“Like when you think about a friend right before they call—”
“Exactly,” I interrupted. “Or when you have a bad feeling before turning down a dark alley.”
“Right. What people don’t seem to understand is that everyday intuition is the most basic form of supernatural communication. They assume that there needs to be a huge ‘sign from above’ before they will believe it’s happening to them.” Madisyn wasn’t usually a fan of “air quotes,” but in this case she couldn’t help herself.
“It seems to me that we’re all born with intuitive abilities. Look at children—they don’t have the same preconceived ideas about what is real or imagined. They just look at all of the information they are getting as part of their lives.”
“Like imaginary friends. Who’s to say that those friends don’t exist? In fact, many of my best friends have been imaginary.”
We both laughed.
“But then society tries to convince us that certain feelings aren’t real,” I noted. “Over time we’re conditioned to deaden our feelings with huge intellectual calluses that give us only a fraction of the intuitive ability we’re born with. Perhaps it was helpful during the past few centuries to put our intuitive gifts on hold, allowing us to evolve faster in the fields of science and technology.”
“The gift of tunnel vision.”
“Precisely. But isn’t it time to get out our psychic loofahs and scrub off our intellectual calluses so we can become whole again? We now have computers and biotechnologies, but at what cost?”
“They should let us rule the world,” Madisyn said dryly.
“Yeah—we could revamp the educational system and require formal metaphysical training for everyone. Starting with Intuitive Finger Painting in preschool and continuing through Conscious Business and the Art of Soulful Finance for MBA candidates.”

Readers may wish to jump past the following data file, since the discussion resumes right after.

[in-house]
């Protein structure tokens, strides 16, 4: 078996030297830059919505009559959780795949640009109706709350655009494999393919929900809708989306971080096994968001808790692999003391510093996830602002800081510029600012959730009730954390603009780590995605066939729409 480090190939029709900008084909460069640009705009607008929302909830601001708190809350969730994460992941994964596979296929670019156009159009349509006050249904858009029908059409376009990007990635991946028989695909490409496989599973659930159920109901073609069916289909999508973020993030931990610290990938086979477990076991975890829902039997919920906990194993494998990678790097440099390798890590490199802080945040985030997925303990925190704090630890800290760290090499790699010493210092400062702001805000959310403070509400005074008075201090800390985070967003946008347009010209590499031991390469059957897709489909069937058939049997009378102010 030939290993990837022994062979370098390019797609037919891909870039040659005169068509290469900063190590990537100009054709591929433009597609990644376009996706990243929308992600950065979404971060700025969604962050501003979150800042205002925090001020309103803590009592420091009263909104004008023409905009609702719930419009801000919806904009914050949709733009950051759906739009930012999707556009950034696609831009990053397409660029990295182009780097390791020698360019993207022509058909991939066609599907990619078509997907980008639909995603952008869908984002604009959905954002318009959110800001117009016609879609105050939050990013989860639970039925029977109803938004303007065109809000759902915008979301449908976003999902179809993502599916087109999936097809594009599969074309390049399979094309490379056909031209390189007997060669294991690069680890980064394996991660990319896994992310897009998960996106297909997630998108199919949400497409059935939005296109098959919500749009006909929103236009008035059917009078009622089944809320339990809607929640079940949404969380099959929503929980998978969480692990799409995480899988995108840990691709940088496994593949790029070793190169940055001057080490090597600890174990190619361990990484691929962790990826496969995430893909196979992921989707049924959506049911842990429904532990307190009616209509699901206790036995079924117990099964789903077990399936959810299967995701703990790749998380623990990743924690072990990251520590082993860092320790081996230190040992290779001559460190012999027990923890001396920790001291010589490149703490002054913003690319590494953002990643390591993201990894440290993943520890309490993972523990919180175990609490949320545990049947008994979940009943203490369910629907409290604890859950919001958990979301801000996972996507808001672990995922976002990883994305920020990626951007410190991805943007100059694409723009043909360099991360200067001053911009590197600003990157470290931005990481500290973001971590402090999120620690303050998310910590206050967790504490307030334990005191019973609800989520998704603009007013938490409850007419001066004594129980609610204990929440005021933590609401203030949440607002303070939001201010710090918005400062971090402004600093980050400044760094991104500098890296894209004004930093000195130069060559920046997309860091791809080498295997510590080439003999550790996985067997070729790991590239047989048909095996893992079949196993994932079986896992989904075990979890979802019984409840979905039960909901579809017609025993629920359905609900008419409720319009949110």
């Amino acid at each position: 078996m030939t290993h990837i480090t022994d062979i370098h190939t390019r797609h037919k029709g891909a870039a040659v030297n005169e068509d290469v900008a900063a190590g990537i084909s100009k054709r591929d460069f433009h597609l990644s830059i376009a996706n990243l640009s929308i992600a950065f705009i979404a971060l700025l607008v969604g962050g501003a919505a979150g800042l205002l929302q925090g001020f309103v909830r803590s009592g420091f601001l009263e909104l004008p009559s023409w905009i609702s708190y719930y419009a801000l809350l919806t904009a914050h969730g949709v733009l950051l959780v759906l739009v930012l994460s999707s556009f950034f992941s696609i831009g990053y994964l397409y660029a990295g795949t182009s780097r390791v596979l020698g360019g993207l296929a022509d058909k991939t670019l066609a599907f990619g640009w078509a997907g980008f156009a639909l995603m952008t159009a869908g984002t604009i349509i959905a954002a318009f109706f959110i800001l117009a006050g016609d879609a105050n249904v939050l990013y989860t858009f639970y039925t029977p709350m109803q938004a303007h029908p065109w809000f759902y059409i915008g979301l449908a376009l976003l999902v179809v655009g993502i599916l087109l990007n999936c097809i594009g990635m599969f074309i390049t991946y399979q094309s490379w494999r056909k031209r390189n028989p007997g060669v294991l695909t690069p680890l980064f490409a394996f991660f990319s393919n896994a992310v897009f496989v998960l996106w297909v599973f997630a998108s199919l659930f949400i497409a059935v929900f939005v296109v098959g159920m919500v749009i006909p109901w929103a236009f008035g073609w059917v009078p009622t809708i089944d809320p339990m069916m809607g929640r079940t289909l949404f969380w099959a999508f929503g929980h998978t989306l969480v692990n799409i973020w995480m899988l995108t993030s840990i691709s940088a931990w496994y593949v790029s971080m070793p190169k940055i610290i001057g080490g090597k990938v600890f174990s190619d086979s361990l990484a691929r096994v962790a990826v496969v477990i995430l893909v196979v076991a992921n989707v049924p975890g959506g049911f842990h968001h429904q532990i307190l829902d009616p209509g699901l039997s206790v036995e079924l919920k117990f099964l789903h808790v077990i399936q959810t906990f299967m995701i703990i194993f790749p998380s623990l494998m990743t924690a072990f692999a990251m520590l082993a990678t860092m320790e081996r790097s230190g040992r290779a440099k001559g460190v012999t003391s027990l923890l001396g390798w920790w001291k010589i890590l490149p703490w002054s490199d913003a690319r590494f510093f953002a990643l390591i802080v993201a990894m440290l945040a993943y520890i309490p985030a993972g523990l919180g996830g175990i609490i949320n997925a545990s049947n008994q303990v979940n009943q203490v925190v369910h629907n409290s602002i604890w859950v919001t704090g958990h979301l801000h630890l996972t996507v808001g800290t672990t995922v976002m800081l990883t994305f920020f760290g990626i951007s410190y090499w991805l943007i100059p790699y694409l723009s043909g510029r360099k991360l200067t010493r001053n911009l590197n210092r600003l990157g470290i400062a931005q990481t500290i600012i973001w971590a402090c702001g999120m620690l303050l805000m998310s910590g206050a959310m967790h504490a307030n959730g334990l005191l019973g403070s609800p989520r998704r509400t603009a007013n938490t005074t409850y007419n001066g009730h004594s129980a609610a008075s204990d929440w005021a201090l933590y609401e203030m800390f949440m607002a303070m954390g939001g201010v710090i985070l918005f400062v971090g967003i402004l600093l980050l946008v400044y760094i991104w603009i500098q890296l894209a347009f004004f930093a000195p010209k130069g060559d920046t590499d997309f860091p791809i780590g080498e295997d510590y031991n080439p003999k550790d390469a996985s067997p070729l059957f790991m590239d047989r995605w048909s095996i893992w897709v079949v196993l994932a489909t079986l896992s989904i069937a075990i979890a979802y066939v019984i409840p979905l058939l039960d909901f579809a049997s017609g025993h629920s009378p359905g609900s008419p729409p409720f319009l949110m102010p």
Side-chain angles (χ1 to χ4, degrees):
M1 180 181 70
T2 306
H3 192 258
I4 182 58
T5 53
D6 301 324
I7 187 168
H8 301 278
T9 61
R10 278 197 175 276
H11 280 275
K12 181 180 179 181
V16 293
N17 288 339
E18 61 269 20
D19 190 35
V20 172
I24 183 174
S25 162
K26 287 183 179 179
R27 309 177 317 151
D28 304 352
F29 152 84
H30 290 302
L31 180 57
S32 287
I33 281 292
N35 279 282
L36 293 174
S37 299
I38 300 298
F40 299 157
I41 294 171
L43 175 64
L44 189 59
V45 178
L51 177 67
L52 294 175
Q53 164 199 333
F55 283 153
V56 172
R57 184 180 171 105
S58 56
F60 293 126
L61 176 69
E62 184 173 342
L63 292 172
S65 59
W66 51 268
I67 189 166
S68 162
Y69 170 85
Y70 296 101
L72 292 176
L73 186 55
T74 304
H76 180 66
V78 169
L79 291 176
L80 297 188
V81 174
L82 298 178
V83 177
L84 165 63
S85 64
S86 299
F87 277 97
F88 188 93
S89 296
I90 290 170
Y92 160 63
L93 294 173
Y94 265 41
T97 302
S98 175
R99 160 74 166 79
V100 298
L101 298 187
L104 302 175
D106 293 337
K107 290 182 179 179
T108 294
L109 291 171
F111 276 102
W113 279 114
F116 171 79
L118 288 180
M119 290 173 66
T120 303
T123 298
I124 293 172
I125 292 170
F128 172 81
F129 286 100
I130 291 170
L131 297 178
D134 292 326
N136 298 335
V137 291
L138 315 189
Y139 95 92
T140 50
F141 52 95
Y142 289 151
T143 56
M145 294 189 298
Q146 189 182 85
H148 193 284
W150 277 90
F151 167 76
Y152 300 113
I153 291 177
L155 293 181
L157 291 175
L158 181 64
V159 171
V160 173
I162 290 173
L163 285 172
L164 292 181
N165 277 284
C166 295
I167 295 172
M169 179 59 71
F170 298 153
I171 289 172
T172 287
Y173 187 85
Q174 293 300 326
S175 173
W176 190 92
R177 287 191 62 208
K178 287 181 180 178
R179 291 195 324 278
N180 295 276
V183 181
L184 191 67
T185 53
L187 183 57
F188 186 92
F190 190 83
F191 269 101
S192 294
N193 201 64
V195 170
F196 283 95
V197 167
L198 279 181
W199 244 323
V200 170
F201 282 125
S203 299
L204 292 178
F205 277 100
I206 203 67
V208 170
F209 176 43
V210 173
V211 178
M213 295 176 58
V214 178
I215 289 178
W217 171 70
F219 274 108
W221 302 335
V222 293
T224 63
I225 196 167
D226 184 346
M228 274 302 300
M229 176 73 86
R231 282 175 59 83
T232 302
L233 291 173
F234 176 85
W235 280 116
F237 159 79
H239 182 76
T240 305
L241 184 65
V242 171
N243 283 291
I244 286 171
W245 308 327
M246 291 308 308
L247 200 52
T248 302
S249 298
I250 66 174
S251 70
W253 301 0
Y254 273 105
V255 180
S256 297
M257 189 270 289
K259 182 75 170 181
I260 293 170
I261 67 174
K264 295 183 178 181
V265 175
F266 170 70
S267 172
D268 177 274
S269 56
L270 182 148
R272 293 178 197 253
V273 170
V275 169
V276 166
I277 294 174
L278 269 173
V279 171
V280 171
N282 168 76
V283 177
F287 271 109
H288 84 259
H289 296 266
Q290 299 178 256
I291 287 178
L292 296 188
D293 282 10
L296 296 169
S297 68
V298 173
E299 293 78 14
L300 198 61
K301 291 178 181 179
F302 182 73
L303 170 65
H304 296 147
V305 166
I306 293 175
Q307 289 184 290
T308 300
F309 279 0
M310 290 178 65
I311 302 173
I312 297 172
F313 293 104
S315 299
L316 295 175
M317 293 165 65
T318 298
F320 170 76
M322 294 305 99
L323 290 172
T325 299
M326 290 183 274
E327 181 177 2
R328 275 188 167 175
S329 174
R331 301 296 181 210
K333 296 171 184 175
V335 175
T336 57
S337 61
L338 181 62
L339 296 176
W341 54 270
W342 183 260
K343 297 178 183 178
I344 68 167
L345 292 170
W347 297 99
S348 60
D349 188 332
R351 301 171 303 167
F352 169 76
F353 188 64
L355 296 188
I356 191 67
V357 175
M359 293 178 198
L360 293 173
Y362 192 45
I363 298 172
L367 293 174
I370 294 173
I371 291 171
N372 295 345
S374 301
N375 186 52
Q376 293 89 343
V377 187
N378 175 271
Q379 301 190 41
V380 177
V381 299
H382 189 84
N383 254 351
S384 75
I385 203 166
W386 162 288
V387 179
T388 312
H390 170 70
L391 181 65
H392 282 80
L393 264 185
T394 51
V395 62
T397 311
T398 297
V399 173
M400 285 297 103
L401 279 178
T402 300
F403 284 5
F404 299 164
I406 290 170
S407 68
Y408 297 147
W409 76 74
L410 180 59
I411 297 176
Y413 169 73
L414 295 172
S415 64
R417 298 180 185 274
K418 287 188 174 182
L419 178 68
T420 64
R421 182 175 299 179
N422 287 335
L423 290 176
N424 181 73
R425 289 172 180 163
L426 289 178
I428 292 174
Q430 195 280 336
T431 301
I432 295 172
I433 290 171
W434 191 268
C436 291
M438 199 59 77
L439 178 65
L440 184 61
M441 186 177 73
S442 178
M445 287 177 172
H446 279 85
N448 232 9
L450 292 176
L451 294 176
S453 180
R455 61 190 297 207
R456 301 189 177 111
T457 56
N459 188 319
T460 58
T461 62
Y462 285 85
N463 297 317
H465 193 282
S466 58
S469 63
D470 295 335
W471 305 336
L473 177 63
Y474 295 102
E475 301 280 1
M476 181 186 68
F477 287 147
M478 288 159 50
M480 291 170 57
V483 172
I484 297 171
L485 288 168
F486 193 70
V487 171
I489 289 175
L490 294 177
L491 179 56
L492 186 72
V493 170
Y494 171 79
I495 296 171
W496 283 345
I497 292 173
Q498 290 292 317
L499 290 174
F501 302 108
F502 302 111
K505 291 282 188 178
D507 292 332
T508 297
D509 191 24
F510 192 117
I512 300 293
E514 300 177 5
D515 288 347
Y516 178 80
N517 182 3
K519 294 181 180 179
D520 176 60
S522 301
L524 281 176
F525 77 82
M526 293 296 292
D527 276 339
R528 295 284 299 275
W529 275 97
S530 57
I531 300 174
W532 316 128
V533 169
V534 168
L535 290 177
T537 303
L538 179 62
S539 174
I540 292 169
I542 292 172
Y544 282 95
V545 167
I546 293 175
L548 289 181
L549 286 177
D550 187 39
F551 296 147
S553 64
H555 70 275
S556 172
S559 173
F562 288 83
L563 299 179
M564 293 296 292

“Isn’t all finger painting intuitive?”
“Exactly. But very little finance is soulful.”
Madisyn nodded thoughtfully, and an impish smirk crept onto her face. “And once all the schools were fixed, we could outlaw mullets and gas guzzlers and hippie sandals . . .”
“Hey, wait! I like my hippie sandals!”
“I know you do.” She rolled her eyes.
It was nice to see Madisyn in a lighthearted mood after all the intensity that had plagued the previous several months.
At that moment a bright blue dragonfly appeared from nowhere and hovered between us. It floated for several seconds and turned from one of us to the other, appearing to look directly into our eyes.
I reflected on how Autumn had often revealed herself as a dragonfly in the past.
“Did you see that?” I asked Madisyn after it had flown away. “It looked just like . . .”
Madisyn nodded as a knowing smile shaped her lips. “Speaking of such things . . .”
“Are you . . . ?”
“Pregnant?” I wanted to be sure I was following the discussion.
“Of course, pregnant! What else would I be talking about? I’ve been pretty sure since yesterday.”
“Wow.” I gave her a hug. “Are you okay?”
She nodded, her eyes beginning to water.
“I’m sure it will be much easier this time.” I did my best to comfort her through my embrace.
“I don’t know,” she whispered. “I hope so.”